Recently, The Pointer covered the issue in a series of stories following the Global Conference on Human Trafficking and Trauma, hosted by Family Services of Peel in Mississauga. The conference brought together experts from across the world to discuss the issue and try to find innovative solutions to an issue that affects people around the globe.
The conference highlighted the lack of data available to truly get a clear sense of the human trafficking picture in Canada. Statistics Canada has only recently started tracking human trafficking data through police reported incidents. However, as the crime is seen as vastly underreported, that data can’t tell the whole story.
Gosse says the Canadian Centre to End Human Trafficking recently launched a national hotline, which will not only be available to help those in crisis, but can also assist in gathering data from callers to get a broader understanding of the issue.
The hotline, launched on July 1, is designed for multiple purposes, including helping those in crisis and directing people to service providers, but also taking tips about potential incidents of human trafficking and providing tools to help local agencies in their responses to human trafficking. To reach the hotline, dial 1-833-900-1010.
While not speaking to the details of the Epstein case specifically, Gosse says that in small ways, these high-profile cases can help in raising public awareness of the issue.
“When you think about it, those people you are hearing about in the news that pique the attention of news producers are somewhat celebrities or pseudo-celebrities, or people with a lot of money,” she says. “They do bring attention to this issue for the public to see.
“There is some value ensuring that these stories do bring some sort of education on this issue to the public,” she adds. “However, the public need to know this isn’t a Pretty Woman type of situation. This is about child abuse. This is about human trafficking.”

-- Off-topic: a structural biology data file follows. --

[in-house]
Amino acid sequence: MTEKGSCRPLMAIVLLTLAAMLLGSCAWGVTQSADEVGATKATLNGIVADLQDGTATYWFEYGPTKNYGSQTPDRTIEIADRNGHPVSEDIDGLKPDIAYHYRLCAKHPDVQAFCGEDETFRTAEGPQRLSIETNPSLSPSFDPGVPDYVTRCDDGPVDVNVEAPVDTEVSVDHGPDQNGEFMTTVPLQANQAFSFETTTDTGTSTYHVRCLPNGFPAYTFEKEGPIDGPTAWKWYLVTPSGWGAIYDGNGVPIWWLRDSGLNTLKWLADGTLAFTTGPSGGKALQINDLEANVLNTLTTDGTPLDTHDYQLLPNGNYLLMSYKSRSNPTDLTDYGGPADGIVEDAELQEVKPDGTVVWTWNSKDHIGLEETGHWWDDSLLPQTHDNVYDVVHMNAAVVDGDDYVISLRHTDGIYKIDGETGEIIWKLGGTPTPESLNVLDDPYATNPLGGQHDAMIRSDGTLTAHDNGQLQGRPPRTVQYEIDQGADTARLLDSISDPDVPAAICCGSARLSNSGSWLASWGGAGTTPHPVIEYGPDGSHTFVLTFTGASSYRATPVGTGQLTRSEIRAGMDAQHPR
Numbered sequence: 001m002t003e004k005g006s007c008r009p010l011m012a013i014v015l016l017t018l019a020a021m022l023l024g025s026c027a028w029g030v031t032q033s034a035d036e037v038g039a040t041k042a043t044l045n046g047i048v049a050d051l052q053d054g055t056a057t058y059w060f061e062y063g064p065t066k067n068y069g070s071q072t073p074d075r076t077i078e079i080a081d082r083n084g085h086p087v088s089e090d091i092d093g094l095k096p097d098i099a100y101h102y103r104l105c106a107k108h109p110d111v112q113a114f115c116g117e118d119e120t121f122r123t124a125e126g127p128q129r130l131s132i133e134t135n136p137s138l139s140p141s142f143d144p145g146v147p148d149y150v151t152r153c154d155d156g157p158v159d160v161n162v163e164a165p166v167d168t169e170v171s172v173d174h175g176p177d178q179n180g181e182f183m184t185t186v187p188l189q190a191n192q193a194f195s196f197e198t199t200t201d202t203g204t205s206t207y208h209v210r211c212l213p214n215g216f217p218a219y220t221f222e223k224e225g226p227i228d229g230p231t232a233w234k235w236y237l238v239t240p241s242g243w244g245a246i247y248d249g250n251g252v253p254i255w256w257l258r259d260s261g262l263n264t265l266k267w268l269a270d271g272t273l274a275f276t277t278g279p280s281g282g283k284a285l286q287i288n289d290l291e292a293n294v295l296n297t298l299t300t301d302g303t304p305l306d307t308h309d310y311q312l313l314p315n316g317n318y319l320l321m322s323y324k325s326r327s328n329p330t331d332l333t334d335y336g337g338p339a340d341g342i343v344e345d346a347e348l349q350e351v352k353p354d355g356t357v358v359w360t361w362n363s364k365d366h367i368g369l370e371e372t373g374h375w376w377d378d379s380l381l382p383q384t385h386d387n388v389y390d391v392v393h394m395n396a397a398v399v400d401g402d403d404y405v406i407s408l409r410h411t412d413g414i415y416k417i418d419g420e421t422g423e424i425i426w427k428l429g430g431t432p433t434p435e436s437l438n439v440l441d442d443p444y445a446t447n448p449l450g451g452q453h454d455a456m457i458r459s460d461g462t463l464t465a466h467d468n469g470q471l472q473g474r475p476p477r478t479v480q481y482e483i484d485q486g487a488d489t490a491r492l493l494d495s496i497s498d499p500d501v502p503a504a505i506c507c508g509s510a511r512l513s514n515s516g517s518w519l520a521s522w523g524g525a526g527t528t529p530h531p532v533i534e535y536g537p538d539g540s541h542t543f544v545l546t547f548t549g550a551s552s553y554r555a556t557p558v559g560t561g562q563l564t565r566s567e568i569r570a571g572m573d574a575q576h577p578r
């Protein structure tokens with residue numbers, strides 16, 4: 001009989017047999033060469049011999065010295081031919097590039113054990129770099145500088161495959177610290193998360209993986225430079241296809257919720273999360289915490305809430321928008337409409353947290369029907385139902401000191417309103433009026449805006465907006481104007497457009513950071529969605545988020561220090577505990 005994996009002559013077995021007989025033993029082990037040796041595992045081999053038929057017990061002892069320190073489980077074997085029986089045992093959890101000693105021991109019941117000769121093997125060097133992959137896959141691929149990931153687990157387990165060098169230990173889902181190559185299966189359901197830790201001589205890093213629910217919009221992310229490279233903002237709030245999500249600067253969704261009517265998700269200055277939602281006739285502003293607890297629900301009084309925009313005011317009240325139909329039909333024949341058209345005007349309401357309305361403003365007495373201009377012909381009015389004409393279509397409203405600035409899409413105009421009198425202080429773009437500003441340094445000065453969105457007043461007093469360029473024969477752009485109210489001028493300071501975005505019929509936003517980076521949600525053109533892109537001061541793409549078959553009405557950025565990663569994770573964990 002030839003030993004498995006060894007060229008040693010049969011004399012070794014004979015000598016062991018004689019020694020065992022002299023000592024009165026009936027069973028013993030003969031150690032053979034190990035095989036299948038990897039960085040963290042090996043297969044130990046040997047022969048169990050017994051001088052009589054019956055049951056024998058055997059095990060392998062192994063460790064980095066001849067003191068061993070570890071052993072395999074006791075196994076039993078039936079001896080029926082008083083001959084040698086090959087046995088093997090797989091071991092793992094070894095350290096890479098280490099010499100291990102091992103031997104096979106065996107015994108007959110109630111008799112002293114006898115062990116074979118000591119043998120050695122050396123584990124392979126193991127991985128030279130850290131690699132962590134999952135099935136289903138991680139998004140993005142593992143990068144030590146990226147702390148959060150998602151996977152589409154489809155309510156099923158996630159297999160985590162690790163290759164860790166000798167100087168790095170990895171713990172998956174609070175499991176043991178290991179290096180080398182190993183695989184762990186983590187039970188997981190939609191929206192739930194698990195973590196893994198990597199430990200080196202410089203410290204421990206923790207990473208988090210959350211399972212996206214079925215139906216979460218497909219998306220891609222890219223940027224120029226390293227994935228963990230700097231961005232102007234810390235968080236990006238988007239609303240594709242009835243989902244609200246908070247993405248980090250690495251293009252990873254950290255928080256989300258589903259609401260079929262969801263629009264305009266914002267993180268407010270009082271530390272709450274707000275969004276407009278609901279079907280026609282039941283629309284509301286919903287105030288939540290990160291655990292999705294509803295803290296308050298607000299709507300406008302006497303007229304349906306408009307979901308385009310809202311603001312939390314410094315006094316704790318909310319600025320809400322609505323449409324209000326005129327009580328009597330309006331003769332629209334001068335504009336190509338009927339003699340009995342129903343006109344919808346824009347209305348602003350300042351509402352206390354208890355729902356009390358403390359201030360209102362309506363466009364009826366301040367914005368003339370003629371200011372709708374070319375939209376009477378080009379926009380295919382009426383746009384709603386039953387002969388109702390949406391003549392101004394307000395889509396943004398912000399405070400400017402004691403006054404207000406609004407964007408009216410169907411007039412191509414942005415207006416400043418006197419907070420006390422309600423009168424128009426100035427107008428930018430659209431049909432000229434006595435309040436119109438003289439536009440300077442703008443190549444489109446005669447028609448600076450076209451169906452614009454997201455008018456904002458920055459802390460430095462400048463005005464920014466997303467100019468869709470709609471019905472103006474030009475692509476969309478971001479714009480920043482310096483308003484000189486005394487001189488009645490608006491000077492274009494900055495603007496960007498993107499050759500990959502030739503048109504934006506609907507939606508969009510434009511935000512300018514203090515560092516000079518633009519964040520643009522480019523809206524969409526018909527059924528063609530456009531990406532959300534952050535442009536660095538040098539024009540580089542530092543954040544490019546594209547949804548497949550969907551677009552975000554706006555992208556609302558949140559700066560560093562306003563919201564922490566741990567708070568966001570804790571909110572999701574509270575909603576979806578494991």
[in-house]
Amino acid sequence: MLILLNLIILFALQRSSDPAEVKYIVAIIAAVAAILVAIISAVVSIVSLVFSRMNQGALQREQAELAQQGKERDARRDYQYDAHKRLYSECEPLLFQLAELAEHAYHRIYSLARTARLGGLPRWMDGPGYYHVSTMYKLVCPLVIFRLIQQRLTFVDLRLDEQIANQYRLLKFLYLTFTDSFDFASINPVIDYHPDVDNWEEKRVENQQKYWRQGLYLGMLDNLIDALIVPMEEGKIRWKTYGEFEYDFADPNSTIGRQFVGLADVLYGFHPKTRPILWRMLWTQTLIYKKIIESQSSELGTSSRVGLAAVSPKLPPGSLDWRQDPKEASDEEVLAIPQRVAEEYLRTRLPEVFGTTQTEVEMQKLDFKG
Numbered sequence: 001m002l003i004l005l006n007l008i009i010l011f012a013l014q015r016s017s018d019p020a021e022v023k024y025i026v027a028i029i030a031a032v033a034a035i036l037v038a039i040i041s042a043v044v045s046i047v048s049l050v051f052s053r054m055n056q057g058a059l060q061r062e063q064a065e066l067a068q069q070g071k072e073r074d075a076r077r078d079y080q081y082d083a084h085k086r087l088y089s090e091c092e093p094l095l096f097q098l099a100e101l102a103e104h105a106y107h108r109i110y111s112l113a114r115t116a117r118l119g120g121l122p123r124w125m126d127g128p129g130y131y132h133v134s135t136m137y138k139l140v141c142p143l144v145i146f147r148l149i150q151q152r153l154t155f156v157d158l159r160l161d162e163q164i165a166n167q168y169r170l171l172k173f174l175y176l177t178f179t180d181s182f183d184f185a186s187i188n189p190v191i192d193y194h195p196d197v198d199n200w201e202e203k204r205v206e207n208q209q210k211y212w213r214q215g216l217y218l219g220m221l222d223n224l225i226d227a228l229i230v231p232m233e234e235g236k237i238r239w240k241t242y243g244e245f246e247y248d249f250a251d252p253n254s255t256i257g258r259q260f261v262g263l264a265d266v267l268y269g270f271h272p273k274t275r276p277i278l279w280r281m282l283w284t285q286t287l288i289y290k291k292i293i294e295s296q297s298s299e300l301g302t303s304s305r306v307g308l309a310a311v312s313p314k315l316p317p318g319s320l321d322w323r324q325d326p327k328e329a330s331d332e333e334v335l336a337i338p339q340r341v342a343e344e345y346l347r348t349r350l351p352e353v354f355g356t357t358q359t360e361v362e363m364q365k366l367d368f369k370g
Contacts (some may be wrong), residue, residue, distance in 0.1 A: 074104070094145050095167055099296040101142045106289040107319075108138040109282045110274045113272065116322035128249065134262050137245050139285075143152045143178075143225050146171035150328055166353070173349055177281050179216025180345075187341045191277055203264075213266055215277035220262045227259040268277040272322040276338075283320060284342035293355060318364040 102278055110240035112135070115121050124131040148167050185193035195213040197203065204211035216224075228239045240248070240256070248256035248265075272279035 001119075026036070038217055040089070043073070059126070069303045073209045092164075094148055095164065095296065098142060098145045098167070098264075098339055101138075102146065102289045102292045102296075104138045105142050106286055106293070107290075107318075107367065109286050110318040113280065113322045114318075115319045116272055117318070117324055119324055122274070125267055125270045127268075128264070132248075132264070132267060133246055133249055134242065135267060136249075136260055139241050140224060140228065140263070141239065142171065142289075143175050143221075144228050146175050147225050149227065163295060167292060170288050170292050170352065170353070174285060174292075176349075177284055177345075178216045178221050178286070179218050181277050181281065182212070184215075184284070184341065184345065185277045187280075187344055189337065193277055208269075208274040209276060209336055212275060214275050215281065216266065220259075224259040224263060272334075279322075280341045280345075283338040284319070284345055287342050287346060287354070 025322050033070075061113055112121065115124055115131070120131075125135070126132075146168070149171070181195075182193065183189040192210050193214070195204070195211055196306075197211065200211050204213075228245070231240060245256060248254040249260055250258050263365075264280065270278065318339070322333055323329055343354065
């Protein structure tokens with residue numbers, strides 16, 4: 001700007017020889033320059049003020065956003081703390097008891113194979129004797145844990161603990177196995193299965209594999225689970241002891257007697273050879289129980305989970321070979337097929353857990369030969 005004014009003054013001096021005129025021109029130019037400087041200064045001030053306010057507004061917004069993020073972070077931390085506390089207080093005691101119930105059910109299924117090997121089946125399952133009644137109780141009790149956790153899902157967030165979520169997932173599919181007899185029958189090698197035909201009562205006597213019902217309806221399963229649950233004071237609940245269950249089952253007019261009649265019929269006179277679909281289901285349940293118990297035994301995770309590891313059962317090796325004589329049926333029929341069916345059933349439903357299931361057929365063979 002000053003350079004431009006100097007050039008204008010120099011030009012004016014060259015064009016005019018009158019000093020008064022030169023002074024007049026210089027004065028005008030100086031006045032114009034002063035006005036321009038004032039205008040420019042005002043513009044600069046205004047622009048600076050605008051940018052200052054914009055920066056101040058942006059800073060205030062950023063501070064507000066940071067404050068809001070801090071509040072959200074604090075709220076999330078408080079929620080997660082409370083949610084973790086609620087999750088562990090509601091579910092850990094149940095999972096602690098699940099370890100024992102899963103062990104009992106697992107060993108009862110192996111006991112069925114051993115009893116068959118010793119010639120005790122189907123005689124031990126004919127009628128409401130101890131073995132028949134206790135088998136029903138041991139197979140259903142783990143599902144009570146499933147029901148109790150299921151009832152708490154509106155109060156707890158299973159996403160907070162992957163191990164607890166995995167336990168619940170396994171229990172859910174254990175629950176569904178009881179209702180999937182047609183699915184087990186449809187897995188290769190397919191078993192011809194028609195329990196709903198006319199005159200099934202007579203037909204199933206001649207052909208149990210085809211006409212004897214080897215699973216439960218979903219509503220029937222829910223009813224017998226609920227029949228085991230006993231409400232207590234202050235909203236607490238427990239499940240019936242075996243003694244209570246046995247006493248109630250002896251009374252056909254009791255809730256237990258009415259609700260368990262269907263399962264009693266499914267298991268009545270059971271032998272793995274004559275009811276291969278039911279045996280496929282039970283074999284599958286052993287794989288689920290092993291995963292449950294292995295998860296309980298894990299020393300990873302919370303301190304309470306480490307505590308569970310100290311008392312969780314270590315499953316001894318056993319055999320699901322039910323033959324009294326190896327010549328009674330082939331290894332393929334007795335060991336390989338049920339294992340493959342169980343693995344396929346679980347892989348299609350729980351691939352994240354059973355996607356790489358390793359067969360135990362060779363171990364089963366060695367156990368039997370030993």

With a federal election around the corner, Gosse urges the public to contact elected officials and see what they are willing to commit to the battle against human trafficking. Along with increased funding, Gosse says a Canadian government commitment to a national strategy to end human trafficking is essential.
Previously, Canada consolidated its federal anti-human trafficking efforts under the National Action Plan to Combat Human Trafficking, which was in place from 2012 to 2016. However, after the action plan’s expiry, no renewed effort came in to replace it.
In late 2018, the federal Standing Committee on Justice and Human Rights urged the government to create and approve a new strategy. However, while the feds consulted on ways to end human trafficking over last fall, holding meetings in Vancouver, Winnipeg, Montreal, Ottawa, and a national summit in Toronto, no further commitment to a national strategy has materialized.
“Moving forward, the information collected through the consultations will help guide the Government of Canada’s efforts to counter human trafficking in Canada and abroad,” reads a government response to the committee’s recommendations. “Input received during the consultations will also ensure that civil society’s view continue to be reflected in the design and implementation of the Government’s anti-human trafficking response.”
In November 2018, the federal government also met with delegates from Mexico and the United States as part of a Trilateral Working Group on Trafficking in Persons. As part of that meeting a trio of proposals were created as potential starting points for future collaboration between the nations, including identifying trafficking routes in North America, and coordinating an approach to “address human trafficking in supply chains.”
For further information on human trafficking in Peel Region, including ways to identify the potential signs that your child or someone you know may be involved in trafficking, visit https://www.peelpolice.ca/en/safety-tips/human-trafficking.aspx.
Police encourage individuals to come forward and report suspected human trafficking incidents to the Major Drugs and Vice Unit by calling (905) 453-3311, ext. 3555 or 3515. Information may also be left anonymously by calling Peel Crime Stoppers at 1-800-222-TIPS (8477), or by visiting www.peelcrimestoppers.ca or by sending a text message to CRIMES (274637) with the word ‘PEEL’ and then your tip.